In addition to asking around, find wedding photographers online! On Instagram, search location-specific hashtags (ie. #mnweddingphotographer) to find photographers. If you know where you're getting married, see if you venue has a geotag and scroll through other photos that have been tagged with that location. You can also use Google – when searching, use terms describing your wedding like moody, artsy, fun, or adventurous and include your location.

4. Find someone you connect with!

You're going to be spending a lot of time with your photographer on your wedding day – it's in everyone's interest that you like them! Do you have similar values? Do they stand for something you believe in?When sending emails to photographers, don't just copy and paste – write a genuine email about the vision you have about your wedding day and what matters most to you regarding photography. Don't just send a list of questions you found on The Knot or Brides. Be YOU, and a photographer will respond in a more personal tone allowing sparks to fly. You may not think of finding a photographer being like dating, but it kinda totally is! If all else fails, follow your gut.

5. Ask to see a real wedding gallery.

Spoiler alert – all of your photos are not going to look like the ones your photographer puts on their website and social media. From weird lighting to time constraints, it's important to see how a photographer problem solves on a wedding day and what a gallery of theirs looks like, including photos that are less than Instagram-worthy.

View my sample gallery here (opens in a new tab).

6. Understand why good photography costs what it does.

If you're here, you probably know that wedding photographers can be quite an investment. It's a pretty common misconception that a photographer just clicks a button – in reality, there are hours of preparation for every wedding and photographers spend anywhere from 15 to 30 hours per wedding editing your photos.

On average, a third of what we make goes to Uncle Sam for social security and taxes. Many of us pay for health and auto insurance out of pocket, as well as business liability insurance. On top of that, camera gear is freaking expensive! Professional camera bodies start around $3K and lenses range from $1K to upwards of $3K, and that isn't even accounting for software, flashes, online advertising, credit card processing (3%), gas, website hosting, a computer, memory cards, travel, and personal expenses like rent. At the end of the day, we only get a small fraction of what you pay us.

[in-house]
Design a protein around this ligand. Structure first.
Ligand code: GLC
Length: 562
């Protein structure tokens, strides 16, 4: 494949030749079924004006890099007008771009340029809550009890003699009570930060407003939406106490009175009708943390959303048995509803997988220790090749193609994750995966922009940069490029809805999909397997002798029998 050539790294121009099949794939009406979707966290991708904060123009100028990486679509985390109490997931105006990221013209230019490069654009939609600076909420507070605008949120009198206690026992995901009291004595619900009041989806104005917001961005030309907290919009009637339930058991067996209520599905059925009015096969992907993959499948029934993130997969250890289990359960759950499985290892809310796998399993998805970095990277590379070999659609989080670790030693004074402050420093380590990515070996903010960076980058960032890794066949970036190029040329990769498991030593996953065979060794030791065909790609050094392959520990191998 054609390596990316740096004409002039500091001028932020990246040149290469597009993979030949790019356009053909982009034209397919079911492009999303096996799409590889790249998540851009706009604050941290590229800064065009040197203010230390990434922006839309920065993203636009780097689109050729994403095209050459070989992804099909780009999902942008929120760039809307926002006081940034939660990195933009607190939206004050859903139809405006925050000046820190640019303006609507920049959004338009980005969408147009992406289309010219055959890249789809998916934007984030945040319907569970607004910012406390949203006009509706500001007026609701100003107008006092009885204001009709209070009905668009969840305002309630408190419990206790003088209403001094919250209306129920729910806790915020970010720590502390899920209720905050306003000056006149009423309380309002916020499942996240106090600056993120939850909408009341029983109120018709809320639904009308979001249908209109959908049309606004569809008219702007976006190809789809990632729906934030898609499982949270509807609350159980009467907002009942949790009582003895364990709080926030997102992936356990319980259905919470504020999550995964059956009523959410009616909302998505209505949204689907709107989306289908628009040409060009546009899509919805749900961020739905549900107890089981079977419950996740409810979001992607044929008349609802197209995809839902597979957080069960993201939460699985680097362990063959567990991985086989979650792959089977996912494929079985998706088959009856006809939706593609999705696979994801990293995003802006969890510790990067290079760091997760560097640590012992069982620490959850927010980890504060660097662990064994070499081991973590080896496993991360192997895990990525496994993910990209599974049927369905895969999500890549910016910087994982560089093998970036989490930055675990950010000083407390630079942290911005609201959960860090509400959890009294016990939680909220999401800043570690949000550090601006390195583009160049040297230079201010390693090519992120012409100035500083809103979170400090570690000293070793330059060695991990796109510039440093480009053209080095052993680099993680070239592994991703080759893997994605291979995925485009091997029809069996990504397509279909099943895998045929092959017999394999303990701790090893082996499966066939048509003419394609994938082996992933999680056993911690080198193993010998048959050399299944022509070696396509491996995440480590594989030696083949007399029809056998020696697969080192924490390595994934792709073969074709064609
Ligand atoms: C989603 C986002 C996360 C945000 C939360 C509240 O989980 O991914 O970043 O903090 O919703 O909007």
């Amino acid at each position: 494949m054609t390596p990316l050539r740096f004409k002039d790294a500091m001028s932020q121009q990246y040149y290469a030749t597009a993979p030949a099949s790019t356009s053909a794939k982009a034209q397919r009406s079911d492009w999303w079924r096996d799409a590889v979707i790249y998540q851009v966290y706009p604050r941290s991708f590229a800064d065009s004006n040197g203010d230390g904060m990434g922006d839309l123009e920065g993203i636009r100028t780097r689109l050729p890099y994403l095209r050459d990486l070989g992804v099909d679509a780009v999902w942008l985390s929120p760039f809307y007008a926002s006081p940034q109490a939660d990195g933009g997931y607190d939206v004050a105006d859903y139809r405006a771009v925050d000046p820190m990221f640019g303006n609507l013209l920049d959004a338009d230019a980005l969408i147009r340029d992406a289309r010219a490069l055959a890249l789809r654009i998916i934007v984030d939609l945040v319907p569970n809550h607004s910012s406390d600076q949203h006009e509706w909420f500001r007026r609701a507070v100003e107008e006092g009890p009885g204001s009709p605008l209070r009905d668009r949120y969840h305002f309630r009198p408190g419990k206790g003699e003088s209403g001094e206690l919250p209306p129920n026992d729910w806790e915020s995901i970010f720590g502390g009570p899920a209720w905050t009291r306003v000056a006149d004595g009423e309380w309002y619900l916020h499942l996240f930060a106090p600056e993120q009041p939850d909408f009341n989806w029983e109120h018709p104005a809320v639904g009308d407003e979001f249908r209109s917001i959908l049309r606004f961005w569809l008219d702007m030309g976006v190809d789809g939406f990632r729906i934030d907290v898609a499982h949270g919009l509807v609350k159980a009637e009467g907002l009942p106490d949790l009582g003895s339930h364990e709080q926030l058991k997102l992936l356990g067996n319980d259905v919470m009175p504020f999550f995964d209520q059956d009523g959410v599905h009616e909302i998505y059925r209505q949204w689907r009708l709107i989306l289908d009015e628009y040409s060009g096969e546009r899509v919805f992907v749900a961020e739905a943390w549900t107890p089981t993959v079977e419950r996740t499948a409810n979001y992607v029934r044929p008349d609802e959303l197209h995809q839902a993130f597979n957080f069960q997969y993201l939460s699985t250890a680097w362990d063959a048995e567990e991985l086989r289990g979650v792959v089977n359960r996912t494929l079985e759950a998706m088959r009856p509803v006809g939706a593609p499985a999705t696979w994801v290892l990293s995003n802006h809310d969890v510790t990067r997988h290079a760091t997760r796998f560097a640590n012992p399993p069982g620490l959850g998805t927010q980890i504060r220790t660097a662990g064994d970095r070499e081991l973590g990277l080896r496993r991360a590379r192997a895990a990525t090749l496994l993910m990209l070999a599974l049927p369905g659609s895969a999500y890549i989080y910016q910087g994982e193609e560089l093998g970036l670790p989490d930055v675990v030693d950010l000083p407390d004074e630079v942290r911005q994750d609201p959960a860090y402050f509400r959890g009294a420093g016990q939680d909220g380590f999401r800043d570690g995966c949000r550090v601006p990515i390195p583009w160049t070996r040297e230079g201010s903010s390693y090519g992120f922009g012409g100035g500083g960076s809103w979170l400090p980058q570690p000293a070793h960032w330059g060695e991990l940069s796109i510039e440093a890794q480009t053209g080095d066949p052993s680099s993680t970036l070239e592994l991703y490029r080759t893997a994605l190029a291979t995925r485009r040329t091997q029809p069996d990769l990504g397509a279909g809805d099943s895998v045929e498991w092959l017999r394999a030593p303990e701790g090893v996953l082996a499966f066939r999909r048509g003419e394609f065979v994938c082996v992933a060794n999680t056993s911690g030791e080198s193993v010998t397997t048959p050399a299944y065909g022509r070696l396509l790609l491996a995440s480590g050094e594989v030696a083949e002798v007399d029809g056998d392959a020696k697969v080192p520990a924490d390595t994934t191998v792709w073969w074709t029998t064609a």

If you're paying good money for a photographer, you're getting someone who has devoted themselves to their craft and giving you the best images and experience possible. Of course, prices differ based on a photographer's cost of living and other factors such as their process, editing style, experience, demand, notoriety and equipment.

7. Do NOT wait until the last minute to book your photographer.

This one is HUGE – wedding photographers can only shoot so many weddings in a year before they burn out and limit the number of events they shoot each year. If you have your eye on an established or popular photographer (or a photographer period!), reach out now.

For me, I know September , October, and other popular dates book up incredibly fast and I have to turn away SO many incredible weddings because they waited too long to fill out my contact form. I even had to turn away a bride I'd been talking to for a week or so because another bride swooped and paid her deposit to secure that date on the spot. I suggest that my couples book 1-2 years in advance of their wedding date, and I assure you that isn't crazy!

I hope this was helpful! If you have any questions about me and my process, check out my FAQ page or fill out my contact form so I can get you in my system! Take care :)